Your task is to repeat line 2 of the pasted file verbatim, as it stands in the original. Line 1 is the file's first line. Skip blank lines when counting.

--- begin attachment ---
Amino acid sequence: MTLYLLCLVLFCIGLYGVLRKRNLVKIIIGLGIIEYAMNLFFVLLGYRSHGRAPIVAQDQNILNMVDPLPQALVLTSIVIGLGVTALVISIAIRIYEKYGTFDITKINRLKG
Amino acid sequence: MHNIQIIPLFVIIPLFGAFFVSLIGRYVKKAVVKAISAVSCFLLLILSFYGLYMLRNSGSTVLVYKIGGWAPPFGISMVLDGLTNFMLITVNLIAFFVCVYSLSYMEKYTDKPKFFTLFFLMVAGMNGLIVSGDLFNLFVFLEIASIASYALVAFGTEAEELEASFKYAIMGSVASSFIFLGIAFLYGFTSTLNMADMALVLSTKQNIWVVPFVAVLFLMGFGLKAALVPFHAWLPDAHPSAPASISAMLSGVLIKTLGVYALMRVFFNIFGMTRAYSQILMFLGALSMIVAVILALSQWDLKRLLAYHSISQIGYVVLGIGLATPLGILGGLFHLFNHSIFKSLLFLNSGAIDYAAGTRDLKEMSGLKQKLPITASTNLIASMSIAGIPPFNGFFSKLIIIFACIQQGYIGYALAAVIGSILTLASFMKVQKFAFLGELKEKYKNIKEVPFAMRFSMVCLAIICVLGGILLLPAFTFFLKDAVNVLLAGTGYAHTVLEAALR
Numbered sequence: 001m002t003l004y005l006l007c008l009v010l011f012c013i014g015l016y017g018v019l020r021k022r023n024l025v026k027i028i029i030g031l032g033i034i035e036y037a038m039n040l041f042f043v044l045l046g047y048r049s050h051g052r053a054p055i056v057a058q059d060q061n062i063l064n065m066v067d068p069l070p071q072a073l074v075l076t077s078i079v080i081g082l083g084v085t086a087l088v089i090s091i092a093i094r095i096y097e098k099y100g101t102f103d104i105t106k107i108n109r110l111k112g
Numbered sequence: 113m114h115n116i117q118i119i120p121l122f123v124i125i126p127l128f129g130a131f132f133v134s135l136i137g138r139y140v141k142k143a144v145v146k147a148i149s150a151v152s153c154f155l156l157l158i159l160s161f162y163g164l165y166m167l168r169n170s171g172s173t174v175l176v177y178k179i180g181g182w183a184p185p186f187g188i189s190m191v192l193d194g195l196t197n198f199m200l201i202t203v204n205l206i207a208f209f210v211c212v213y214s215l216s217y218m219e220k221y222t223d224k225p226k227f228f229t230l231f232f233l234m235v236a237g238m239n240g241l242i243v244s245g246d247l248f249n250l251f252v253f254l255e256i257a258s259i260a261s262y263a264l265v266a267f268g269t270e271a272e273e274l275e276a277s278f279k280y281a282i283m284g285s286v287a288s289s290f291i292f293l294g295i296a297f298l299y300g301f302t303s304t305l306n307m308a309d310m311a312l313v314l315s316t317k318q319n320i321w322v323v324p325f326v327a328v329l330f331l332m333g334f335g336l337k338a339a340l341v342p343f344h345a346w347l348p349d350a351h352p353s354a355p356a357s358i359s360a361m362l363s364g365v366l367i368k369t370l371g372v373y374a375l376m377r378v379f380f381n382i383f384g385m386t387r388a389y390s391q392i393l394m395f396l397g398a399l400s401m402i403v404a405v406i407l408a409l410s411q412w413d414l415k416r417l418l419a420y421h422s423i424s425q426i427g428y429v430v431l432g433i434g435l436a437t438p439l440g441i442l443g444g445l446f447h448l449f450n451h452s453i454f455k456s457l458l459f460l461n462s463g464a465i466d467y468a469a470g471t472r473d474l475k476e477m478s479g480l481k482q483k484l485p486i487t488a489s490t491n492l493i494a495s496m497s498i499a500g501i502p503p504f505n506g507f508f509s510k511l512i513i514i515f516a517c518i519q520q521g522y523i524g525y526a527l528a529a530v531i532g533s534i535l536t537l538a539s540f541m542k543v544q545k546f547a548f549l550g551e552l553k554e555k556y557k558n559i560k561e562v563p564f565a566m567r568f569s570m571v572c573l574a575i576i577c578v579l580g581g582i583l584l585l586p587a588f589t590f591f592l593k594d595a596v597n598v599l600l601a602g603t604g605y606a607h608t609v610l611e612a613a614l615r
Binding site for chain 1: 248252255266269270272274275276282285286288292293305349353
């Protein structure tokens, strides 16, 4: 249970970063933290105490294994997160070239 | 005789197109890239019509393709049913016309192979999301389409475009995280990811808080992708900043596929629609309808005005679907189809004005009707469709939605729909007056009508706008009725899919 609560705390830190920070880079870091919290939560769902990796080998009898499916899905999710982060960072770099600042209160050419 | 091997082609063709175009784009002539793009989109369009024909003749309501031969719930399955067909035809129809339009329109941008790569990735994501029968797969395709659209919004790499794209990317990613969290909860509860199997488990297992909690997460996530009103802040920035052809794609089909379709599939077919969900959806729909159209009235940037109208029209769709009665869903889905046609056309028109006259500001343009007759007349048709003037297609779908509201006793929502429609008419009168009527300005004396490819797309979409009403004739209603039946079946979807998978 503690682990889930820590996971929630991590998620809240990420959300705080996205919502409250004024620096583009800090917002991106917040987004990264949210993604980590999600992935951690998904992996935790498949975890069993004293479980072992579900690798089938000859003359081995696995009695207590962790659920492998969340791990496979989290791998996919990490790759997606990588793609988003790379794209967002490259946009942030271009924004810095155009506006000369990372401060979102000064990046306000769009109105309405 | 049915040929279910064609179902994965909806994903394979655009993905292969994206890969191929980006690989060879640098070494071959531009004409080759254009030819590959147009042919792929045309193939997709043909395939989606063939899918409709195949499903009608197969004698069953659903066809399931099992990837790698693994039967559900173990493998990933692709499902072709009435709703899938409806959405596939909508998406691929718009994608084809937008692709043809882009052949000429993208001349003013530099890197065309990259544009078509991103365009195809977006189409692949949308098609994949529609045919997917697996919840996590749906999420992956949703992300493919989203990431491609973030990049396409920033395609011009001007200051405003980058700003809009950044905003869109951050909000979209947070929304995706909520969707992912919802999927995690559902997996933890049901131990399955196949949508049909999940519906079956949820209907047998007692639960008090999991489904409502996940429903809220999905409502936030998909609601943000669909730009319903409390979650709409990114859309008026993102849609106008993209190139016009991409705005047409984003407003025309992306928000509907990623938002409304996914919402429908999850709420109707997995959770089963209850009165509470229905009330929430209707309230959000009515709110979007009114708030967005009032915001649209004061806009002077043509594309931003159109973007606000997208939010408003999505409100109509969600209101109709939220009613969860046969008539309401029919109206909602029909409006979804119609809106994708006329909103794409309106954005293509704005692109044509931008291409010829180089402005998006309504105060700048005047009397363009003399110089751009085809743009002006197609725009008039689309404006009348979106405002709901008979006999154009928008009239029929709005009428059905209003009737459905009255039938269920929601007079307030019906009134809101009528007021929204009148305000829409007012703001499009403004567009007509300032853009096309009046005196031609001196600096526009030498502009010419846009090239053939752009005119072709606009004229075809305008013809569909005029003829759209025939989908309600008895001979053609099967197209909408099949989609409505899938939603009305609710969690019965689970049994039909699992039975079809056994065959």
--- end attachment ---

Amino acid sequence: MHNIQIIPLFVIIPLFGAFFVSLIGRYVKKAVVKAISAVSCFLLLILSFYGLYMLRNSGSTVLVYKIGGWAPPFGISMVLDGLTNFMLITVNLIAFFVCVYSLSYMEKYTDKPKFFTLFFLMVAGMNGLIVSGDLFNLFVFLEIASIASYALVAFGTEAEELEASFKYAIMGSVASSFIFLGIAFLYGFTSTLNMADMALVLSTKQNIWVVPFVAVLFLMGFGLKAALVPFHAWLPDAHPSAPASISAMLSGVLIKTLGVYALMRVFFNIFGMTRAYSQILMFLGALSMIVAVILALSQWDLKRLLAYHSISQIGYVVLGIGLATPLGILGGLFHLFNHSIFKSLLFLNSGAIDYAAGTRDLKEMSGLKQKLPITASTNLIASMSIAGIPPFNGFFSKLIIIFACIQQGYIGYALAAVIGSILTLASFMKVQKFAFLGELKEKYKNIKEVPFAMRFSMVCLAIICVLGGILLLPAFTFFLKDAVNVLLAGTGYAHTVLEAALR